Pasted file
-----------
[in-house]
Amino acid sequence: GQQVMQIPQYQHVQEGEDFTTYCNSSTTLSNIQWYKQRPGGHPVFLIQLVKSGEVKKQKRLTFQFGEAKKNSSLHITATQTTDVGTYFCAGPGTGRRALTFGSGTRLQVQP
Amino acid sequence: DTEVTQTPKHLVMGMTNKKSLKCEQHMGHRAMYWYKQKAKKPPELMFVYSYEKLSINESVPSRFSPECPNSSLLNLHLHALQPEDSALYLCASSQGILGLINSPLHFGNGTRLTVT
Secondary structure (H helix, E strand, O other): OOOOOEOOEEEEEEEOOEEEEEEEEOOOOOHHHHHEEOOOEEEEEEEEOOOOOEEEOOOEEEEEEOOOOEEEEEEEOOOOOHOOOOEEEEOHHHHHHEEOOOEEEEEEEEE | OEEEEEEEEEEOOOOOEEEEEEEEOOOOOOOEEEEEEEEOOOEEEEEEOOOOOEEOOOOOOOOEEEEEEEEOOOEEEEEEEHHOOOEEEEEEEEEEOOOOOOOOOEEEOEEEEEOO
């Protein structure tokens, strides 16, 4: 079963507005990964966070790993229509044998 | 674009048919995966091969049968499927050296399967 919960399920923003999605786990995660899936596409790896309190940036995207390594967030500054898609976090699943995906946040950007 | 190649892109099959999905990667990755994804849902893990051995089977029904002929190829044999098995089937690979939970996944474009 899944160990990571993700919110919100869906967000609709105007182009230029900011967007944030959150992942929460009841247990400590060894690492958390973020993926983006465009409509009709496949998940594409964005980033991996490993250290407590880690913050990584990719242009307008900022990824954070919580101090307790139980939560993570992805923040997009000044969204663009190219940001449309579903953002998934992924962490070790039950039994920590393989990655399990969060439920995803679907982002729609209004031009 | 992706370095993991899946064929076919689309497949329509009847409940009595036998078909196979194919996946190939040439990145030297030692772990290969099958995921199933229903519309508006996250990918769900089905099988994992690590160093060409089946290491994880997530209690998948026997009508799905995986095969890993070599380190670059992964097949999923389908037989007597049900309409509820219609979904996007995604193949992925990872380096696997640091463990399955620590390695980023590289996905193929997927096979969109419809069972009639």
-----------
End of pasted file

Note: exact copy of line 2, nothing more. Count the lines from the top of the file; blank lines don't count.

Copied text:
Amino acid sequence: GQQVMQIPQYQHVQEGEDFTTYCNSSTTLSNIQWYKQRPGGHPVFLIQLVKSGEVKKQKRLTFQFGEAKKNSSLHITATQTTDVGTYFCAGPGTGRRALTFGSGTRLQVQP